Tsukimi loco moco - fried egg on top of rice and burger with sauce

If you're not into raw eggs (I am not), how about a tsukimi loco moco (third thumbnail in pictures above)? Loco moco is a Hawaiian dish popular in Japan. It is rice, meat patty, fried egg, and a gravy or sauce.

Would you try one of the otsukimi dishes?

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McDonald’s has been selling the Tsukimi Burger in the fall since 1991. This burger with a fried egg representing the moon is typically sold for the month of September in Japan and is very popular.

McDonald's Tsukimi Burger
McDonald's Tsukimi Burger | Source

Who Lives on the Moon?

Various cultures have stories about who or what lives on the moon. In the US, we often talk of "the man on the moon." When I was a child, my grandmother would tell me that the moon is made out of cheese and mice are the residents. In Japan, it is said that bunnies live on the moon, and they make mochi.

Click thumbnail to view full-size
Bunnies enjoying otsukimi with tsukimi dangoBunnies performing various otsukimi activities
Bunnies enjoying otsukimi with tsukimi dango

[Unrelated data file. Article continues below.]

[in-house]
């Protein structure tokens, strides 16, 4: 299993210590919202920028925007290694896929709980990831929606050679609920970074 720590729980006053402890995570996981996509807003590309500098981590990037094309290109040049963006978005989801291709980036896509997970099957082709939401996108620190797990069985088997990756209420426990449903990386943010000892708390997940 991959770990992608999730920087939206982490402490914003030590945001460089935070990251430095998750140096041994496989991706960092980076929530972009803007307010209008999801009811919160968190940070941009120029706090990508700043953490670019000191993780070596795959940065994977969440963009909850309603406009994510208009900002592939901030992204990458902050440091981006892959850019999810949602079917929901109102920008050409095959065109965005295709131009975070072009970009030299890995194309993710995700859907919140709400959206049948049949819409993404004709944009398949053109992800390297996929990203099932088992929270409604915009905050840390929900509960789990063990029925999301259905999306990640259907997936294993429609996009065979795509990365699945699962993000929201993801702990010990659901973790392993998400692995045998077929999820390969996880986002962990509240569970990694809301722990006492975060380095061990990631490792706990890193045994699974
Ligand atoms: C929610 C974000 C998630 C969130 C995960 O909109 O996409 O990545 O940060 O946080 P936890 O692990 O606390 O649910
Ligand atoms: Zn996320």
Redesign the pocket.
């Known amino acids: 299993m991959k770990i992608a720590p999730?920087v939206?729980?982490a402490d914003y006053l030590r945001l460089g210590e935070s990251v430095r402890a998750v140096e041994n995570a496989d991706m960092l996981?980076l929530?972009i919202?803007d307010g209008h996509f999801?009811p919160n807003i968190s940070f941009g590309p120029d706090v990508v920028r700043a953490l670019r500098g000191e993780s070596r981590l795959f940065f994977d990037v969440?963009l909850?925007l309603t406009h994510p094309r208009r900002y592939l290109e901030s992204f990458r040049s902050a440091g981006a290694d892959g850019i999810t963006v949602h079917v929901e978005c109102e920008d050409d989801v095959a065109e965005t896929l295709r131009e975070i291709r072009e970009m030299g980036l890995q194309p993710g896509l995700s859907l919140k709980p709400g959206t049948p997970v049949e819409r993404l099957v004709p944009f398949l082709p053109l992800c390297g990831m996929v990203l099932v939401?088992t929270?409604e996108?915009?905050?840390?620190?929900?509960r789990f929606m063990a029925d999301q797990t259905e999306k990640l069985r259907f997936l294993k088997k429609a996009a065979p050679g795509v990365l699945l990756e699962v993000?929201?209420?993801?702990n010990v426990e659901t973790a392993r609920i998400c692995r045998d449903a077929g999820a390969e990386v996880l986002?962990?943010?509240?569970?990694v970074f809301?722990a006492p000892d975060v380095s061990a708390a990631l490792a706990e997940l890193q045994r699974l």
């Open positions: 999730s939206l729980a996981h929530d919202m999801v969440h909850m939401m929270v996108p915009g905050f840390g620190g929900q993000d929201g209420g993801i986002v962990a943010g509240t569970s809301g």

Bunnies enjoying otsukimi with tsukimi dango
Bunnies performing various otsukimi activities
Bunnies performing various otsukimi activities

To enjoy a little otsukimi in the Japanese fashion, how about a craft activity? The video below is an easy to understand instructional video on how to make an otsukimi decoration complete with a bunny in a kimono, tsukimi dango, and susuki.

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    • Kimberleyclarke profile image

      Kimberley Clarke 

      6 years ago from England

      How wonderful! I always marvel at the moon. It is stunning. And I'd like to find somewhere to buy those rice dumplings! Thank you for sharing your knowledge of Japanese culture. I went to Tokyo for one week once, but I think I need to visit for longer next time to really get to know things better.

    • betty janet davis profile image

      Betty Janet Davis 

      6 years ago from London, UK

      What a delightful festival. I love the idea of "moon bunnies"